The Volusia Springshed is made up of several municipalities and unincorporated parts of Volusia County. Additionally, the Springshed contains significant residential and commercial development, a small percentage are on sewer service, but over 41,000 properties remain on septic systems with 26,000 septic tanks within the priority focus area. Under some studies septic systems contribute 54% of the nutrient loading into Volusia Blue. That's a lot of stakeholders to reach and ask to spend money to convert to sewer. Volusia County Water Resources and Utilities customers on the other hand contribute 8-12% towards spring pollution. The Utility has recently upgraded to a state-of-the-art wastewater treatment facility which is greatly assisting meeting the water quality goals for Volusia Blue. Throughout the session, Fellows heard discussions by the major players of questions of fairness and potential ways to educate the significant percentage of septic system owners about the role of septic systems on Volusia Blue.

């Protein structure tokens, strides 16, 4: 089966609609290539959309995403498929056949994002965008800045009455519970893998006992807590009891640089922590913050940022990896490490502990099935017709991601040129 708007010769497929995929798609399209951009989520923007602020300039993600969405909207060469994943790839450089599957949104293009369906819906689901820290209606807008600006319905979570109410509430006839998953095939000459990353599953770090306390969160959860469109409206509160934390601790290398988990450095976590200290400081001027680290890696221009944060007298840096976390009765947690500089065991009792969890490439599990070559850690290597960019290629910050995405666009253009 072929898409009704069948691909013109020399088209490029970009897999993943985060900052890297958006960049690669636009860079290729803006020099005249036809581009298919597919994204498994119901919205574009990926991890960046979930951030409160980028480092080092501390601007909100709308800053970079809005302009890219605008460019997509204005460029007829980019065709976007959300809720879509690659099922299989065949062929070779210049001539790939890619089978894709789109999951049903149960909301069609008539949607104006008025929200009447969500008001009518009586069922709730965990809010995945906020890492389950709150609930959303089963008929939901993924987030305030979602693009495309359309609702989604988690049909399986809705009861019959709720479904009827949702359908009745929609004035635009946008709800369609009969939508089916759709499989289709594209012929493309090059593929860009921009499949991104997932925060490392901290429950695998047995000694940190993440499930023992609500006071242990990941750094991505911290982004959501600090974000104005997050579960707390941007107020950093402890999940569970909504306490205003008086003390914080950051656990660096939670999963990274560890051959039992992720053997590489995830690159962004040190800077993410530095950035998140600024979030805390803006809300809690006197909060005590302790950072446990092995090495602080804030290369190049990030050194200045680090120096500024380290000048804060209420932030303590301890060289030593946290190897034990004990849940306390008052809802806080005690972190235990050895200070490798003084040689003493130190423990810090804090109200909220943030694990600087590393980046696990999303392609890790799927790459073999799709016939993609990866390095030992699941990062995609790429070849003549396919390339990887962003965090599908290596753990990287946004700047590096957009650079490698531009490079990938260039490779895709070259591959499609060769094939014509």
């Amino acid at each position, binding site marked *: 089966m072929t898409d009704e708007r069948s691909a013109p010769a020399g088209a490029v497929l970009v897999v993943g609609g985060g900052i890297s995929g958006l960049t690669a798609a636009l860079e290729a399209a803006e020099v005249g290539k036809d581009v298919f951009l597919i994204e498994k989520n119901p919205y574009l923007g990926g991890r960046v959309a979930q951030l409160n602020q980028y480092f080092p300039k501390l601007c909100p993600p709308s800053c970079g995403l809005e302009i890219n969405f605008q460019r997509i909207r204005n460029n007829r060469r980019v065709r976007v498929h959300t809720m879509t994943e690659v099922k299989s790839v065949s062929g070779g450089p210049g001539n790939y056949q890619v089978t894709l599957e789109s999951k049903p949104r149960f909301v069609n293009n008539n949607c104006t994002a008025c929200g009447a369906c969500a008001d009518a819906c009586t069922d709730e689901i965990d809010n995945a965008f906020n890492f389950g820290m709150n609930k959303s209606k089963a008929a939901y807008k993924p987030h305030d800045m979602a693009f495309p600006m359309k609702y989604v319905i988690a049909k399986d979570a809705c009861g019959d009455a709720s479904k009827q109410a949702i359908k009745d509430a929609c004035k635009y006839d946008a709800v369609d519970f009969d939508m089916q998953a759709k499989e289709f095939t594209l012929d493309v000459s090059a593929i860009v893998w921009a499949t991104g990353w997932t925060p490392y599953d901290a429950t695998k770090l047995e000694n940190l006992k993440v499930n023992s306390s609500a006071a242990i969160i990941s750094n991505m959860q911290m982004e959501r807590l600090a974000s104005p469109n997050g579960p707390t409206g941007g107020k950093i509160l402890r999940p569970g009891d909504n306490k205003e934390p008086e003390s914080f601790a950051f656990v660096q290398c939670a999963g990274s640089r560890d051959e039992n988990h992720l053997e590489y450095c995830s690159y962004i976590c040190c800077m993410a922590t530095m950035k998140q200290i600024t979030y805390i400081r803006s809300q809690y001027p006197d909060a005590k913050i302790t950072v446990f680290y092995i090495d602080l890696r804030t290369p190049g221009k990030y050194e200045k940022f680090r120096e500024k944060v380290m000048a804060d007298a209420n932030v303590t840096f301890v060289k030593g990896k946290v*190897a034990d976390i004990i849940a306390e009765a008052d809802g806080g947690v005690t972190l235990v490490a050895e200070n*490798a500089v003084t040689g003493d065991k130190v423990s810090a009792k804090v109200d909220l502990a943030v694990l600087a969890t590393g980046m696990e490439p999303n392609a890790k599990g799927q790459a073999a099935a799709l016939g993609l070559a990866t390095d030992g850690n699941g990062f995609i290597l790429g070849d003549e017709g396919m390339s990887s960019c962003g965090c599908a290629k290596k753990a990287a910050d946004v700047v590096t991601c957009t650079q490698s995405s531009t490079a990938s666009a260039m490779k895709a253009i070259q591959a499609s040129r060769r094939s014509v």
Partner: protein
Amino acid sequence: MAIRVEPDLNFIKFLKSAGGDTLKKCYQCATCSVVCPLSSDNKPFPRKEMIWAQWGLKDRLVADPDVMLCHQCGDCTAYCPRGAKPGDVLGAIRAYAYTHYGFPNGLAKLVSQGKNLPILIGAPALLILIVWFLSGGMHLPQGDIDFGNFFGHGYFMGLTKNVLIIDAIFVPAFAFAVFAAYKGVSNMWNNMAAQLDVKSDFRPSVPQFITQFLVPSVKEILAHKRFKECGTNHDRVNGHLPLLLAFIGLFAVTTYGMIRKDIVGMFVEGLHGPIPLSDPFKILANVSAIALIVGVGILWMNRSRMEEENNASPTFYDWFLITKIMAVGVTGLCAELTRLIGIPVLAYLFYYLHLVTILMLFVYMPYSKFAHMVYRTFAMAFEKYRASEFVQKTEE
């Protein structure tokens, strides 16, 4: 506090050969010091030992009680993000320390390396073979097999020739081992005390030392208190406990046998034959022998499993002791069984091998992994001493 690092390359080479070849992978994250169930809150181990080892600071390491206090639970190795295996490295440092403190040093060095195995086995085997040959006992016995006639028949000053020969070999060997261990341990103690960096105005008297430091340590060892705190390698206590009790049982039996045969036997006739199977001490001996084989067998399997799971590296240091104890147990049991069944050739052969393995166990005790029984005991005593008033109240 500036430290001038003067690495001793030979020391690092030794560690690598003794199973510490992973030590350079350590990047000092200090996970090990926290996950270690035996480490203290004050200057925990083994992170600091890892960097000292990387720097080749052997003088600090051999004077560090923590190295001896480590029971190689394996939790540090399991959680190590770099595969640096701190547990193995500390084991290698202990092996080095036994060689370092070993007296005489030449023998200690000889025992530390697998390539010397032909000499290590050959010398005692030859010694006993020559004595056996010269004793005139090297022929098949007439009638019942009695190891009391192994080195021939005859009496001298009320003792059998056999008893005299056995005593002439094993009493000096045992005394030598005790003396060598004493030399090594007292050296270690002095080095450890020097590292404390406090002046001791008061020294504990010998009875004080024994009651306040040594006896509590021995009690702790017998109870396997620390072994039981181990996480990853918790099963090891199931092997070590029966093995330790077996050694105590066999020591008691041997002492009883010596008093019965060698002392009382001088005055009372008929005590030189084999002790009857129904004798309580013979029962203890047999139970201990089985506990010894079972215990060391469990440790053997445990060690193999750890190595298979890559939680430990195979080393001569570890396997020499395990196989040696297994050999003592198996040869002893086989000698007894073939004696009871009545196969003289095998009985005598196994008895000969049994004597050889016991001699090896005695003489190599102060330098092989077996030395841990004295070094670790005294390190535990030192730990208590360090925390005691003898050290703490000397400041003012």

Volusia County Environmental Management Director and NRLI Class IX Alumna, Ginger Adair, has been involved in the efforts to protect Volusia Blue and to educate the public regarding the steps that will be needed to meet the tiered minimum flows and levels and total maximum daily load regulations. Ginger greatly assisted the Fellows by providing substantive and procedural context for the struggles and successes in trying to restore essentially pre-development water levels and to reduce the levels of nitrogen and phosphorous entering Volusia Blue. One of the main take-aways in educating the public is to lose the technical jargon. Ginger and Utility Director, Mike Ulrich both stressed the importance of speaking plainly to the public. Trying to explain to a homeowner why their septic system needs to be updated, often at a cost to them of many thousand dollars, because of nitrogen and phosphorous loading and nutrification of Volusia Blue is a losing battle. Instead, Ginger and Mike suggested calling it like it is, pollution. While still an uphill battle, educating the public on their contributions to the pollution of the spring may be the best way to seek to achieve voluntary compliance on an issue that is poorly perceived by the public. On the topic of public perception, the Fellows were both surprised and impressed when Mike mentioned that the Utility was tackling its own image and trying to make the wastewater treatment facility a place for recreation by painting large murals on the water treatment tanks in addition to the nature and bike trails which already cross the facility.